Authors additionally highlight the importance of NGOs thanking more stakeholders than donors – from staff to beneficiaries. Recognition and appreciation fosters stakeholders’ loyalty and motivation [10]. Support can be political, moral, through the media, voluntary or fundraising, notes Westman Wilson [9]

What we can learn from the NGO sector

The importance of thanking is one lesson that comes from the NGO sector. This is documented through the advice of NGO scholars. It is also evident from some NGOs’ communications. 

Thanking and not thanking have impact. ‘The two most important words in a fundraiser’s vocabulary’, states Victoria Canning [3], ‘are “thank you”’. Significantly, Merchant et al [8] found that thanking donors produces positive emotions and that contrastingly, not thanking donors prompts negative emotions. Hence, when appreciation is expected, not thanking is detrimental to relationships.

NGO narratives include thanks. Thanks are communicated on social media and videos, in publications, correspondence and face-to-face communications, and on websites and artefacts.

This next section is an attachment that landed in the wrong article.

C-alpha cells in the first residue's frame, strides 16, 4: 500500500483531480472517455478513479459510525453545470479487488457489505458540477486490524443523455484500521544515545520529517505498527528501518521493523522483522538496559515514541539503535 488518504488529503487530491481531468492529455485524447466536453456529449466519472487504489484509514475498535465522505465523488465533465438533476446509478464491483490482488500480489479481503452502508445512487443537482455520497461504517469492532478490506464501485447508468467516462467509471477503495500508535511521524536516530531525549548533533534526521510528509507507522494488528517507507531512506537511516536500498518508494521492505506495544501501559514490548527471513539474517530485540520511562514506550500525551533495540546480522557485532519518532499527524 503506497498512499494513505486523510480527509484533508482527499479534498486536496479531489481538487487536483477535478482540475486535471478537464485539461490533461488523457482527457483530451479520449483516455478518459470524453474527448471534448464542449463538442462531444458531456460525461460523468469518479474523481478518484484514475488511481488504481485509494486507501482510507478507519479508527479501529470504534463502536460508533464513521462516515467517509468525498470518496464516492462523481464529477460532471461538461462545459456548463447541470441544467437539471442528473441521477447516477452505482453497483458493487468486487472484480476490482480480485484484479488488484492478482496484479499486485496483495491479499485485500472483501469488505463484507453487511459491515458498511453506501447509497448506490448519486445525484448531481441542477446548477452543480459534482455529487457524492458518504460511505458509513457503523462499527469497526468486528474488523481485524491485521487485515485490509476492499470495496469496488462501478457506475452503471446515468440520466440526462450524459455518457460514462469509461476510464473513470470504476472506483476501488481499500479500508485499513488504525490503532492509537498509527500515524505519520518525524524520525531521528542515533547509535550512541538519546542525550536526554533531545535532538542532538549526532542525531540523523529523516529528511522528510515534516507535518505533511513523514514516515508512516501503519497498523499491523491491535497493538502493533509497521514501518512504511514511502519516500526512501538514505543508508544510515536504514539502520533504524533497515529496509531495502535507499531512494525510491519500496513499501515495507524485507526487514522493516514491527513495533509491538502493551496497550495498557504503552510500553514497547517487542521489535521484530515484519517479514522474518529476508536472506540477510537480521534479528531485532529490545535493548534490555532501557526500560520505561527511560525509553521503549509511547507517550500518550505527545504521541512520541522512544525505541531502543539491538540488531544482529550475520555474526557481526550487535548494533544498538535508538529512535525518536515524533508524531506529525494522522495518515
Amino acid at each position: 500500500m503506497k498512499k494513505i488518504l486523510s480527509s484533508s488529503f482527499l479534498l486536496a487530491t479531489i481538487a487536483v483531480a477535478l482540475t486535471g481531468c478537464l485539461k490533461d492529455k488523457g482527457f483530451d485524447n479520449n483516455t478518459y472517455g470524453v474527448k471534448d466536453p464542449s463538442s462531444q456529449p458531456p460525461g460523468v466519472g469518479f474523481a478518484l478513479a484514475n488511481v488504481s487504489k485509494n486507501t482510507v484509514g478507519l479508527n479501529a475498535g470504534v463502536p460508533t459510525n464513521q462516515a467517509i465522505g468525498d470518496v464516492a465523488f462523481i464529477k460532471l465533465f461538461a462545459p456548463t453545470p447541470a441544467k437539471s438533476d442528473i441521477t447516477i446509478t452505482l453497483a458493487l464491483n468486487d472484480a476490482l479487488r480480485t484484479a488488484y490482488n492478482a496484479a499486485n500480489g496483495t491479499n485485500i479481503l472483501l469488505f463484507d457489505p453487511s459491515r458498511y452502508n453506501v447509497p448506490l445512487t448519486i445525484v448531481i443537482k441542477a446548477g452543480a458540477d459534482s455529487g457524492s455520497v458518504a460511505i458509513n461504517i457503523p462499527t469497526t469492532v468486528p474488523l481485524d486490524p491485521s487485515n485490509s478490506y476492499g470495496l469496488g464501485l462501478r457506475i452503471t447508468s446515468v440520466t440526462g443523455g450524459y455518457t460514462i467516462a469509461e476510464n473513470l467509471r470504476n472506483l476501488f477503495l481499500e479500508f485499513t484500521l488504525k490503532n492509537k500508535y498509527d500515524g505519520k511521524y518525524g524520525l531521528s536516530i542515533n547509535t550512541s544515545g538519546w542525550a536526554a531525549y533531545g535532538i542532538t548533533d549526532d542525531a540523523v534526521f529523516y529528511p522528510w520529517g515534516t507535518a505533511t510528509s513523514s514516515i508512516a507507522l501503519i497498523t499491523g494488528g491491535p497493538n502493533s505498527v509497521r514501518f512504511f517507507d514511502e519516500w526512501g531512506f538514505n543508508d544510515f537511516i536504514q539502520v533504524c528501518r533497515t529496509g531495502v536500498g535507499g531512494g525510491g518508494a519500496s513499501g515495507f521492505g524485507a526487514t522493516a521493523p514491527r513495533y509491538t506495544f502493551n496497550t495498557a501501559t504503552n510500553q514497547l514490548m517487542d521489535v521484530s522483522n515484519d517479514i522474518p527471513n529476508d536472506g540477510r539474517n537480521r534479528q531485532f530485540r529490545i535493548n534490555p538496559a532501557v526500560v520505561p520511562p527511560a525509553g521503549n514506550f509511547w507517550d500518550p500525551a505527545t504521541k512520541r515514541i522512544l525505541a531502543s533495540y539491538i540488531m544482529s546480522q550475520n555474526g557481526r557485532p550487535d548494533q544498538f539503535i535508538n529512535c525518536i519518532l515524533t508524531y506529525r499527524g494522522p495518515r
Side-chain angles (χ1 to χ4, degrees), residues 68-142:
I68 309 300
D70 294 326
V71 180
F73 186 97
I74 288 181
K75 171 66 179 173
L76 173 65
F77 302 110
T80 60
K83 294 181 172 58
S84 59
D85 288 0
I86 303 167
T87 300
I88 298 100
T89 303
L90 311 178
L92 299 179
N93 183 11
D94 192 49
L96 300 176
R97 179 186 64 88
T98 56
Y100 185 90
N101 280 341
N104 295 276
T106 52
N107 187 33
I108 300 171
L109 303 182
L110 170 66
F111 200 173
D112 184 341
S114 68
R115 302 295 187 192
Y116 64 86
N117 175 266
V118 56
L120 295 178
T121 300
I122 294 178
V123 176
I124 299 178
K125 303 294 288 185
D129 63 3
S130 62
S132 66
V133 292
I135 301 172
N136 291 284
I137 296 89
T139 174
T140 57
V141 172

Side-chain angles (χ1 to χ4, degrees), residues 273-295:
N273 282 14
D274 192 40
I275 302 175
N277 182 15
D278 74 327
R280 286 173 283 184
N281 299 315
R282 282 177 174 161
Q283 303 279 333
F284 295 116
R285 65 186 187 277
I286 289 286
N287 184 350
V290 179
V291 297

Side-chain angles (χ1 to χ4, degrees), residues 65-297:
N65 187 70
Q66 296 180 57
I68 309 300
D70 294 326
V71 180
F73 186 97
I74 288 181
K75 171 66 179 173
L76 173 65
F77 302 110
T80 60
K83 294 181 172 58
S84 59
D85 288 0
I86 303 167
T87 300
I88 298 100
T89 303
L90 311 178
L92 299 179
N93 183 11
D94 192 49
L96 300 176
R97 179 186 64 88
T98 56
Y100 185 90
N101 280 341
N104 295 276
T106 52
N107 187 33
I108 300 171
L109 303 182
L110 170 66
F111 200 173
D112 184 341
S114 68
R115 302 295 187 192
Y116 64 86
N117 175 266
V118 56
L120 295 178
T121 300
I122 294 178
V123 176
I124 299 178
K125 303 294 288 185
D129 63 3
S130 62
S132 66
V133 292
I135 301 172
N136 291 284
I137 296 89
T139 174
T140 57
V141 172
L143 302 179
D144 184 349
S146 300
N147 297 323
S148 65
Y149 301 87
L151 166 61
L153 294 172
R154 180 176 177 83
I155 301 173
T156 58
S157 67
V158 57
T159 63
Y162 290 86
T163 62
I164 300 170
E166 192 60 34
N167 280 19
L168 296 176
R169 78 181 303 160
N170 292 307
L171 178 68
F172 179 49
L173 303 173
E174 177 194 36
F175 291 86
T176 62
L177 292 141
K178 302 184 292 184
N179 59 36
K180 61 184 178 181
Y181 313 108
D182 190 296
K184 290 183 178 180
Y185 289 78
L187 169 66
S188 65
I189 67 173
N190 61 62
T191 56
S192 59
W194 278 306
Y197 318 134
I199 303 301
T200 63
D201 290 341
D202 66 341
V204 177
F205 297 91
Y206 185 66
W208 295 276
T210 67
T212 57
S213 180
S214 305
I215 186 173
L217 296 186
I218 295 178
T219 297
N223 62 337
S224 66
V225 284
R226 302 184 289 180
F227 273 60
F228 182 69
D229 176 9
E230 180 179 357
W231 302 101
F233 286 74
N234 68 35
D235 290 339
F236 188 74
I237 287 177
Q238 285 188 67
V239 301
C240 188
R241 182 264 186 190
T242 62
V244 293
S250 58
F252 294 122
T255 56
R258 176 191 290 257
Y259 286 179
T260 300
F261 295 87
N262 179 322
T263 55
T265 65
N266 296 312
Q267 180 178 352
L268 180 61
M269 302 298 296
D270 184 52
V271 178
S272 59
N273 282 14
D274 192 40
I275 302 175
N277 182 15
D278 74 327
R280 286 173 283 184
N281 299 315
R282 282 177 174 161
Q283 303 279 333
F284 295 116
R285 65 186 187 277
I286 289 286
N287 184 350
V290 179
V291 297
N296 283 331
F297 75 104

For example, thanking is a pronounced theme in Non Profit Organisations’ (NPO) tweets in the UK and US. In a content analysis of over 2,400 tweets, from 50 top ranking charities in nfpSynergy’s UK’s ‘Social Media League Table’ [11], Garsten and de Quincey [12] found that the most common words (apart from small words like the articles ‘a’ and ‘the’) related to gratitude. 

Figure 1 Word cloud depicting the most frequent words that appeared in over 2,400 charity tweets [12]

The word cloud depicts the most frequent words used in the charities’ tweets; the larger the font, the more times the word has been used. In total, “thanks” and “thank” were used 459 times, representing 20% of all the tweets.

The importance of thanks in American NPO tweets is also evident. For instance, Kristen Lovejoy and Gregory Saxton [13] identified thanks as part of relationship building tweets in their analysis. They identified messages of thanks in 13% of the 4,655 tweets that they examined from 73 NPOs.

Framework for the art of thanking based on NGO literature